A lifetime of hard work in the pursuit of a secular career or material prosperity will not necessarily mean that one will “see good” if it is done to the exclusion of spiritual things. Jesus described the consequences of misdirected effort in his illustration of the sower. Regarding the seed “sown among the thorns,” Jesus explained that “this is the one hearing the word, but the anxiety of this system of things and the deceptive power of riches choke the word, and he becomes unfruitful.” (Matthew 13:22) Paul also warned of the same trap and added that those who pursue a materialistic course “fall into temptation and a snare and many senseless and hurtful desires, which plunge men into destruction and ruin.” What is the antidote for such a spiritually ruinous way of life? Paul continued: ‘Flee from these things and rest your hope, not on uncertain riches, but on God, who furnishes us all things richly for our enjoyment.’—1 Timothy 6:9, 11, 17.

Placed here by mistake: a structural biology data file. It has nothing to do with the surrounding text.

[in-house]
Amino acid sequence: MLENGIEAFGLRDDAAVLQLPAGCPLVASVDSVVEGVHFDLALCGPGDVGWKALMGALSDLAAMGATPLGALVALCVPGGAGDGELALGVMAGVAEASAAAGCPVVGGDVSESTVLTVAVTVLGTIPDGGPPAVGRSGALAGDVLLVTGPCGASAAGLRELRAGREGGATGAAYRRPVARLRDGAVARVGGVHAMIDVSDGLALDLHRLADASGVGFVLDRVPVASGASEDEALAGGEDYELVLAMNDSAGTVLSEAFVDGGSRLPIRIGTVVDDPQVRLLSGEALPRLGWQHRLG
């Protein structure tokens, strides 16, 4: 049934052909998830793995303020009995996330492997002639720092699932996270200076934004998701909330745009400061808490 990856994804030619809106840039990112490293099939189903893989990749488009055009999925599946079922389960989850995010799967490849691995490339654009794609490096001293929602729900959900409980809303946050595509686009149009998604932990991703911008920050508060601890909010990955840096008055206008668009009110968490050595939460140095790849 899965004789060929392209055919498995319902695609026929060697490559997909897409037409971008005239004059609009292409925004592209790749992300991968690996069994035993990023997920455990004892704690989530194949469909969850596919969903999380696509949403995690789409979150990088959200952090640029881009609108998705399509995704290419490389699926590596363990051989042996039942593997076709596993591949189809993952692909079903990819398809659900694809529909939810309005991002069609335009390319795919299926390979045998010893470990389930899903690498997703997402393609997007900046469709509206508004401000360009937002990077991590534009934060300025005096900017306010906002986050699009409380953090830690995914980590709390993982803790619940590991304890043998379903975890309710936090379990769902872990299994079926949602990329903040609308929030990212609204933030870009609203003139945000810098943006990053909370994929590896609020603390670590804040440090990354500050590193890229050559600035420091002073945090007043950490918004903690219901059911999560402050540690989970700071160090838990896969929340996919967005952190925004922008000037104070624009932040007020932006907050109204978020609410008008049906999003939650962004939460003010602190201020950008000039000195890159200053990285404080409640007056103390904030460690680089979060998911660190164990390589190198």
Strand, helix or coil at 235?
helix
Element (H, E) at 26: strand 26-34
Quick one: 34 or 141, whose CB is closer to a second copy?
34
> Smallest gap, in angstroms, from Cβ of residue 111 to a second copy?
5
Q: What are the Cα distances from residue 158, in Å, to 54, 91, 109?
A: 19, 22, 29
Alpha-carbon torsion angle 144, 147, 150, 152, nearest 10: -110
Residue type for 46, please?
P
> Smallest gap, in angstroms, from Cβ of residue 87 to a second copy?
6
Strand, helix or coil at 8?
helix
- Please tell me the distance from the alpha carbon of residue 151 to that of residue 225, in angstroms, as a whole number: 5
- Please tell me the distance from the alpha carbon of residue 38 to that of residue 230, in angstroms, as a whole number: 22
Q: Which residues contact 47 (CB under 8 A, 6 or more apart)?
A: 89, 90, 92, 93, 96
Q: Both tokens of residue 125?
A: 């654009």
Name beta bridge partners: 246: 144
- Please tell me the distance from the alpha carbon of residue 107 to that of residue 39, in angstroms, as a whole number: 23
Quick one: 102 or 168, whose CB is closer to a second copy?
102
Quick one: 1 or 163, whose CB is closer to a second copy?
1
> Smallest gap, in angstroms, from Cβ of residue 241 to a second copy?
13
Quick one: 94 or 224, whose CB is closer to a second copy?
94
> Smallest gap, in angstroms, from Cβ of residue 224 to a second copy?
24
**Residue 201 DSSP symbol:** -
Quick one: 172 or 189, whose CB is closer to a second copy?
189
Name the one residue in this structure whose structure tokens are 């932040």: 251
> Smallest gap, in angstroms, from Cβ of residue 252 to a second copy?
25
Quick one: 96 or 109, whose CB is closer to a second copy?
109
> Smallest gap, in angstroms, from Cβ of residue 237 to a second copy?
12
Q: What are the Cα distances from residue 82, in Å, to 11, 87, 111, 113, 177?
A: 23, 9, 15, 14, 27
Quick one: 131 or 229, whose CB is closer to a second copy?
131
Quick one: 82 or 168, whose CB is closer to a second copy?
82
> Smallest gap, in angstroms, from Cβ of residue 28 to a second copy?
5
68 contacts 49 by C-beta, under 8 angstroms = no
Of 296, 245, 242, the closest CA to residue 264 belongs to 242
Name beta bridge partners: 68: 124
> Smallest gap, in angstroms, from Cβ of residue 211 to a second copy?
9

Regardless of our age or how long we have served Jehovah, all of us can benefit from imitating the earnest effort demonstrated by Jacob and Rachel. In their quest for divine approval, they never lost sight of their heritage, no matter how frightening or frustrating their circumstances might have been. Today, the pressures and difficulties we face may be just as frightening, frustrating, or even depressing. The temptation is to give up in the struggle and become another casualty of Satan’s assault. He may use any of the means at his disposal, be it entertainment or recreation, sports or hobbies, careers or material prosperity, to achieve his designs. Desirable results are often promised but seldom realized. Those who are deceived or enticed to indulge in such pursuits very often find that they end largely in disappointment. Like Jacob and Rachel of old, let us cultivate the spirit of an earnest contender and prevail over Satan’s machinations.